When the sunburn is very mild and you have only a slight discomfort, do not give into the temptation to ignore it. If you have gone out in the sun without protection, start on one of these simple remedies as soon as you come home. Hydrate the skin from the inside by drinking at least 1 gallon of water a day. Apply an organic moisturizer all over the affected area when you go to sleep.
Home Remedies For More Serious Sunburn:
If your skin is an angry red and sore to touch, you may need a different set of home remedies that will reduce your discomfort.
Coconut Milk & Oil
Coconut milk is just as soothing as dairy, but it has some additional benefits. It is one of the few sources of lauric acid, a fatty acid found in abundance in human breast milk. Lauric acid is transformed into monolaurin, a very effective antimicrobial agent. It also plays a role in cell growth and repair. Freshly squeezed coconut milk is a popular sunburn remedy in tropical areas of the world. It is a lucky coincidence that coconuts are freely available in these parts of the world where sunburn is a risk round the year.
If you can find fresh or frozen grated coconut, soak it in warm water for 5 minutes and grind it in a mixer. Pass it through a fine sieve, pressing down to extract as much of the milk as possible. Store coconut milk in the refrigerator and use just enough to apply on the damaged skin.
Coconut oil is one of the best oils for skin care, if not the very best. Besides the antimicrobial power provided by lauric acid, coconut oil has anti inflammatory and analgesic effects too.
After a shower in cold to lukewarm water, you can apply coconut oil directly on the inflamed skin. For widespread sunburn, you can add 2 tbsp oil into a tub of lukewarm water so that a thin film of oil gets deposited all over the body. This oil film will seal in the moisture, preventing the skin from drying out.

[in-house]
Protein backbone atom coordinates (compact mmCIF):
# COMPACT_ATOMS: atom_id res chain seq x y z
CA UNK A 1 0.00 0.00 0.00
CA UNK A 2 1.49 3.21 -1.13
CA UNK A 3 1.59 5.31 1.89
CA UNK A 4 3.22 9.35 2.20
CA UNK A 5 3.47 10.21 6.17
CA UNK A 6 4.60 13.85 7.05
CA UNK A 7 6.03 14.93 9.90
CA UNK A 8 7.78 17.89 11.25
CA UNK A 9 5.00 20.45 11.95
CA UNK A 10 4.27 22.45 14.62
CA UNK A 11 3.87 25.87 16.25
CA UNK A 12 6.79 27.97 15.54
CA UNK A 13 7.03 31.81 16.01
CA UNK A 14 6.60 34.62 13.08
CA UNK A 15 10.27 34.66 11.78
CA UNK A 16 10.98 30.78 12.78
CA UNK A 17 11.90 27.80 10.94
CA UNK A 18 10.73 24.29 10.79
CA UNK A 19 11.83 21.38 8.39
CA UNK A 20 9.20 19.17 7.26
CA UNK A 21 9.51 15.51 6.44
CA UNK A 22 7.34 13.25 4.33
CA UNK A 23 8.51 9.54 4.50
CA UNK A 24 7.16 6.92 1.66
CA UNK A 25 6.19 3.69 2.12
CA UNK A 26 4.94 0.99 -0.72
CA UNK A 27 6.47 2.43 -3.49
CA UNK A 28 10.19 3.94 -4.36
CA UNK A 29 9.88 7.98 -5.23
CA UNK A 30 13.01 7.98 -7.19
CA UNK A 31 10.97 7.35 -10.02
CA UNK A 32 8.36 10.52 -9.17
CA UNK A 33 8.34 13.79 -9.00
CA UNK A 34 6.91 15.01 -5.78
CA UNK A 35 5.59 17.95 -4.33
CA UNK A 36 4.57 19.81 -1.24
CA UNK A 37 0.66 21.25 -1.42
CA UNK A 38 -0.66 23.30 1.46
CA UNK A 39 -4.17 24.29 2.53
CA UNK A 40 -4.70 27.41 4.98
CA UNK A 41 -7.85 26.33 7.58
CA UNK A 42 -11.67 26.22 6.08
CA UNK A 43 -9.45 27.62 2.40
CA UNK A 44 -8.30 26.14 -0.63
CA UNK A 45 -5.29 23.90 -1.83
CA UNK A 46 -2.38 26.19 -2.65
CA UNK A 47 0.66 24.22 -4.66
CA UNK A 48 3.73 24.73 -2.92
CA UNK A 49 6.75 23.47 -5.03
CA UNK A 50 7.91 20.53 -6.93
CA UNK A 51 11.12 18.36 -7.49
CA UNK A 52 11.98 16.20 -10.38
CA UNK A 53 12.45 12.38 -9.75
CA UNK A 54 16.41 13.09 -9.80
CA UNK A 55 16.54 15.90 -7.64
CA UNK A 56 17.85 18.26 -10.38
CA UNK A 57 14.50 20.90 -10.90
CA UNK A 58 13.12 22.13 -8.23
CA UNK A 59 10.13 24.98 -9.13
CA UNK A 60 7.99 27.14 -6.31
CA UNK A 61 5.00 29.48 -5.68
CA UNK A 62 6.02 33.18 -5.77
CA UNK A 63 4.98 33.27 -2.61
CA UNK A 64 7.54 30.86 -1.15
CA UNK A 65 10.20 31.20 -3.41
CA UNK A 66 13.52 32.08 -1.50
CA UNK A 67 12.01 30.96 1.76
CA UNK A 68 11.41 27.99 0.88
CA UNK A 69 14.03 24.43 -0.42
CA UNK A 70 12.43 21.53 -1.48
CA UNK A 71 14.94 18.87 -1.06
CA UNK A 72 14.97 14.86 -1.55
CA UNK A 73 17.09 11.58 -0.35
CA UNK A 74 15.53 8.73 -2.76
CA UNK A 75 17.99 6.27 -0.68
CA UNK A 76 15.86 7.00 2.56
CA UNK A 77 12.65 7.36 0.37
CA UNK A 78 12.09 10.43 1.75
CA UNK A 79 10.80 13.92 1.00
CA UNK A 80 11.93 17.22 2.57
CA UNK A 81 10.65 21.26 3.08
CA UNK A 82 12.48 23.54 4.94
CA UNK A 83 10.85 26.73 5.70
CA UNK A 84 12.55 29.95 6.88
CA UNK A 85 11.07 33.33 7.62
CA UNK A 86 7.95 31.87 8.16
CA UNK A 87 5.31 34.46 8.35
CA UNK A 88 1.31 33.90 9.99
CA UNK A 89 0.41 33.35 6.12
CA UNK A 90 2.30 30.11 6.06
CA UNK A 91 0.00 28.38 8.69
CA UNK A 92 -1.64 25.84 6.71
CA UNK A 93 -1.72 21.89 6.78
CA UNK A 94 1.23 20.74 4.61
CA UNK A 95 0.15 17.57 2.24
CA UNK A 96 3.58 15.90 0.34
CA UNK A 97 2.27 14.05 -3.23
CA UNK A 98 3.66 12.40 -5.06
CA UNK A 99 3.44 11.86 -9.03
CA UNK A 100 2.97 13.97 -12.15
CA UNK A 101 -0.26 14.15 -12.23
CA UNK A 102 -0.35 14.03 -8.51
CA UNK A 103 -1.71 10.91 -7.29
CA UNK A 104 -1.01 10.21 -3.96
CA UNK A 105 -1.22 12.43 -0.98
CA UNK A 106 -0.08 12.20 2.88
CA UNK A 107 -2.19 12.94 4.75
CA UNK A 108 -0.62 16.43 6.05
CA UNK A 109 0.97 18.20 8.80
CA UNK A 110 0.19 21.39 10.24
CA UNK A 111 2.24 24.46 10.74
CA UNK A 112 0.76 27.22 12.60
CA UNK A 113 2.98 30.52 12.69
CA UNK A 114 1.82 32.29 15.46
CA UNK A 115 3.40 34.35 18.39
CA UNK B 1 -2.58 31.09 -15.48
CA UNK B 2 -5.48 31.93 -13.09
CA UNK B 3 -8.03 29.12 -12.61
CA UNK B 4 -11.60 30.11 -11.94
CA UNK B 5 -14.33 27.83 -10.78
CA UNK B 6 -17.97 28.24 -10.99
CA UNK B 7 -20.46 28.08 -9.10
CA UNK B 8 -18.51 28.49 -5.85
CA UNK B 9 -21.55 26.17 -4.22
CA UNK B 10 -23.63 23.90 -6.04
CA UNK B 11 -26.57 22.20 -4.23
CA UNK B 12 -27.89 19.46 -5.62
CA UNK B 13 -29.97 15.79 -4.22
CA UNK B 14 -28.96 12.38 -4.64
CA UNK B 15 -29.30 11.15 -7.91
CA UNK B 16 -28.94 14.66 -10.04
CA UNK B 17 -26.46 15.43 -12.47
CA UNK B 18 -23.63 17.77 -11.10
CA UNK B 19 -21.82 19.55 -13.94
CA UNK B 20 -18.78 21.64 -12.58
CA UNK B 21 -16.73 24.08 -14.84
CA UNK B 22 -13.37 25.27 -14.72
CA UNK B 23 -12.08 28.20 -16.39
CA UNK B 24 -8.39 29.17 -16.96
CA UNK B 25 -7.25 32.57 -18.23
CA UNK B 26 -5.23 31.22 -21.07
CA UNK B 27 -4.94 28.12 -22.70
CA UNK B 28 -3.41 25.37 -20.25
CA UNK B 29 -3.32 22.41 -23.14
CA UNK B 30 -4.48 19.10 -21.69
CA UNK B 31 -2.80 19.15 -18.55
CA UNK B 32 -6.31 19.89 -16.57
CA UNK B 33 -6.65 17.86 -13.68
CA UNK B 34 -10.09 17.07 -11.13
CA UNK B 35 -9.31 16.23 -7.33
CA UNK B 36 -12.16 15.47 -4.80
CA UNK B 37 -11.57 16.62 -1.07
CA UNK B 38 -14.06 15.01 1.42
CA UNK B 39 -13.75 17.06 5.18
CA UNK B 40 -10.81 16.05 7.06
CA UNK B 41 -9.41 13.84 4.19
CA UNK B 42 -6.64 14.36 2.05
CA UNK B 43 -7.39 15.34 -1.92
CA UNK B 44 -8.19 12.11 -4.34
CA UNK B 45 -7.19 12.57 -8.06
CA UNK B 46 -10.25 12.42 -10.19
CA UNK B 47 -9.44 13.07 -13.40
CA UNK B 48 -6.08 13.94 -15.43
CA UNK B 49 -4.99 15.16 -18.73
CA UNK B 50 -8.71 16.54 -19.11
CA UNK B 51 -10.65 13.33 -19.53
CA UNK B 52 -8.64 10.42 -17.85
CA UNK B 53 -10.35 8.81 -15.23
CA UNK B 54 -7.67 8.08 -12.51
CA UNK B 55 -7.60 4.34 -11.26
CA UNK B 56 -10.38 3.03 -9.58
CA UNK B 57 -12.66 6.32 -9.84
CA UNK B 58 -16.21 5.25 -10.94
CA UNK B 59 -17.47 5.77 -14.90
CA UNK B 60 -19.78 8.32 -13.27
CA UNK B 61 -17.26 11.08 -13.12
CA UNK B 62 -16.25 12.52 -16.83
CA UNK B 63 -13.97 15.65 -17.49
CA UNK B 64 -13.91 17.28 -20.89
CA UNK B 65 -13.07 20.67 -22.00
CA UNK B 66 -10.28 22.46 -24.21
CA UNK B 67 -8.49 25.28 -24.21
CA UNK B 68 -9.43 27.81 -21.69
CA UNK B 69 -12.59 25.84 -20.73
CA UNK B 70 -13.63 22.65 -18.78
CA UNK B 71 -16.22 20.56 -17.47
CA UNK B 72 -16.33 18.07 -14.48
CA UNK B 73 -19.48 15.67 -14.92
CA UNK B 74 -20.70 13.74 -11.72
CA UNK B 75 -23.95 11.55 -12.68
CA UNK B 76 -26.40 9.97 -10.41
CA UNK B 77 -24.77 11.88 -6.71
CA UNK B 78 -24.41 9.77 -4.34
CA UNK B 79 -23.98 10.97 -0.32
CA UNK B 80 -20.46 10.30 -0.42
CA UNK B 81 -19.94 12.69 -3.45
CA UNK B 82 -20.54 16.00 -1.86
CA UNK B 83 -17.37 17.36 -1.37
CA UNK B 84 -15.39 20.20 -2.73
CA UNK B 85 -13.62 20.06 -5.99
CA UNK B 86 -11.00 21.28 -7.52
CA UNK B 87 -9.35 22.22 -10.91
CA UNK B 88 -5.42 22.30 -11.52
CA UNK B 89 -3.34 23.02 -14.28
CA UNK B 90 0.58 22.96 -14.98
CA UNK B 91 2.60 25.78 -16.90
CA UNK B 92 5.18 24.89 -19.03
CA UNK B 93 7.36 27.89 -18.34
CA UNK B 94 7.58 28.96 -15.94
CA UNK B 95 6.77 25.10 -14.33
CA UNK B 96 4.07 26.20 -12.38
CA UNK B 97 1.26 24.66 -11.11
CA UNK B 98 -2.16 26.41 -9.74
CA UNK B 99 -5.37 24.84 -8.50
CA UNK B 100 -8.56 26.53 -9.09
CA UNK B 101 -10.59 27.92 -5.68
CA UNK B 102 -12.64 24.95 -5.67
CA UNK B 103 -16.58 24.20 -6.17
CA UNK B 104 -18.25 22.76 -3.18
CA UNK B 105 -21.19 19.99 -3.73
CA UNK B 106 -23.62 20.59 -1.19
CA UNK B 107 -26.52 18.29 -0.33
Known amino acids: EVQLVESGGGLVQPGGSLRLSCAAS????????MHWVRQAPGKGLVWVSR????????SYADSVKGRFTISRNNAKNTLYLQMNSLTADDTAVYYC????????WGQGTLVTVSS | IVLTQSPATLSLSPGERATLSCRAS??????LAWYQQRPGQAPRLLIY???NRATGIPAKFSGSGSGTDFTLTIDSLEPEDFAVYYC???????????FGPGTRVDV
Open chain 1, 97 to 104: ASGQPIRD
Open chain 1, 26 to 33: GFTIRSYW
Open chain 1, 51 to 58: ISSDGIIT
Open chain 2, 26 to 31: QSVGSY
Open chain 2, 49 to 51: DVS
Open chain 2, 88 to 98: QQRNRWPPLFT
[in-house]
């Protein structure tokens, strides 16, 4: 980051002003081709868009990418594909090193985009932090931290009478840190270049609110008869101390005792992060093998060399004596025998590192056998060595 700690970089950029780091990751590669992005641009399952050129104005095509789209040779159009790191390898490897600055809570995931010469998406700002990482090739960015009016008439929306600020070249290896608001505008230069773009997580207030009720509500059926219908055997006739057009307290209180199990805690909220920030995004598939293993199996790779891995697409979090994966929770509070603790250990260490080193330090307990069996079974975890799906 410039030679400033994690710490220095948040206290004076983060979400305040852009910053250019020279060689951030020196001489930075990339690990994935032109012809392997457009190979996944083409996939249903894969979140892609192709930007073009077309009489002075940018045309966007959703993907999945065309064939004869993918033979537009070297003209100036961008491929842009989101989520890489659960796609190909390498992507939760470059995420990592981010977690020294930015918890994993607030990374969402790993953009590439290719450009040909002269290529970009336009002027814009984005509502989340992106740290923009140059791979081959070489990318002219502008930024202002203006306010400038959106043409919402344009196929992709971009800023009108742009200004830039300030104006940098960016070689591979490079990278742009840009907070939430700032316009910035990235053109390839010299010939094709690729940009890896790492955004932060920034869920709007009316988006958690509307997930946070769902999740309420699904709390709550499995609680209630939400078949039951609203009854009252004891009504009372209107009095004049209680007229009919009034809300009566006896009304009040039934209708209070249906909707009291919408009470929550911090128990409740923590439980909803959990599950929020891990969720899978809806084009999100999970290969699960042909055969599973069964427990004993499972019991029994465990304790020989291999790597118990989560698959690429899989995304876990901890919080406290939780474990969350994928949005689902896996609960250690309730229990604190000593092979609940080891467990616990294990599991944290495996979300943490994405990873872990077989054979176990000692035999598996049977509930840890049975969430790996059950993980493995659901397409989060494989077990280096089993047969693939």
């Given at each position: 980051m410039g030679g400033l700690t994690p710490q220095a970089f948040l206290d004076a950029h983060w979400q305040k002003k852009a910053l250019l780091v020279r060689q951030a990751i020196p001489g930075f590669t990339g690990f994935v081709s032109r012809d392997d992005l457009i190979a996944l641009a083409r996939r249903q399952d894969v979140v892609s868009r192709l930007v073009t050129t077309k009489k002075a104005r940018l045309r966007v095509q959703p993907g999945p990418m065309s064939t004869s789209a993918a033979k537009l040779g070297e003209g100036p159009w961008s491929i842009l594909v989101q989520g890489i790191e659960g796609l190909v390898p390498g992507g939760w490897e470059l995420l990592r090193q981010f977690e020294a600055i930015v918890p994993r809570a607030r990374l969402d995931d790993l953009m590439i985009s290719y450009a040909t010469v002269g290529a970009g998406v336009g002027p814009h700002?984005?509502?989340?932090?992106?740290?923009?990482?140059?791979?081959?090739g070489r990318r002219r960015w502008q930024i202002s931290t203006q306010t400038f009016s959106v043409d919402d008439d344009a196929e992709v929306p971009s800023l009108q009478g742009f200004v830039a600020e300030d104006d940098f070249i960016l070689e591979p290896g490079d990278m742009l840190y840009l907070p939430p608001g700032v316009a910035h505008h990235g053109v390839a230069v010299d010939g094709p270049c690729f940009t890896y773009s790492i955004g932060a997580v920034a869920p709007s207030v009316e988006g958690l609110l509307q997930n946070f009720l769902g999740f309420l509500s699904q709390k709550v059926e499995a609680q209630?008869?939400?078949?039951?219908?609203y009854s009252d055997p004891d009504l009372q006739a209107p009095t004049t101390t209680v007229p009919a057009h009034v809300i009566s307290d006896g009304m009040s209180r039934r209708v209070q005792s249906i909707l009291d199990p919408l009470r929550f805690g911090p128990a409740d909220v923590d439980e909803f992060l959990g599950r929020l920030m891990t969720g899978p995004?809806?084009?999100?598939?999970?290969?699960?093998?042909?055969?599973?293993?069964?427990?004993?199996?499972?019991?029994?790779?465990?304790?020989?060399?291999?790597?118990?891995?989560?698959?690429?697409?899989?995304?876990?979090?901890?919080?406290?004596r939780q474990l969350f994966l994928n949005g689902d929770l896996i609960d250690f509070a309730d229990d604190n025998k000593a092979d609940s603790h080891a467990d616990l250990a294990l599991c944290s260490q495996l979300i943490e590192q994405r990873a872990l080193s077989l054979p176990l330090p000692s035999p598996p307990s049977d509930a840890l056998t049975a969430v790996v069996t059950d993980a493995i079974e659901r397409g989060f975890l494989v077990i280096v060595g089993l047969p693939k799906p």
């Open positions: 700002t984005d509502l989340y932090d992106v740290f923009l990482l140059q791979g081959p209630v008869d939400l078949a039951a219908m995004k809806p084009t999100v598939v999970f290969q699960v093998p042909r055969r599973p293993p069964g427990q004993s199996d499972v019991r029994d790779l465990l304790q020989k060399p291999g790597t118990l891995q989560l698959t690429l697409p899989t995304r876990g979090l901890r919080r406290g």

Oatmeal & Lavender Bath
Another great way to get relief from sunburn in large areas of the body is by soaking in a tub of water with oatmeal and lavender essential oil. In aromatherapy, lavender oil is counted as soothing for all skin problems. It is anti-inflammatory, and may offer some pain relief too.
Grind oatmeal to a fine powder and add it to the water along with 10-15 drops lavender oil. Stay in the tub for not more than ten minutes as a longer bath will dry out your skin.
Other popular sunburn remedies for unbroken skin are potato paste, cucumber paste and tomato puree. Apply them liberally on the inflamed skin until the pain subsides. Washing the area with half cup apple cider vinegar diluted with one cup water may bring great relief too.
Home Remedies For Very Severe Sunburn:
If you are in pain even when you are not touching the skin in the affected areas, it can be assumed that your skin is literally burnt up as in a 2nd degree thermal burn. Blisters may soon appear, if they haven’t already. It takes anywhere between 6 hours and two days for the blisters to pop up.
They are formed when too many cells in the dermal layer of skin die, releasing the fluid inside them. This clear fluid collects between the outermost skin layer called epidermis and the dermis below it. Other symptoms of severe sunburn are fever and chills.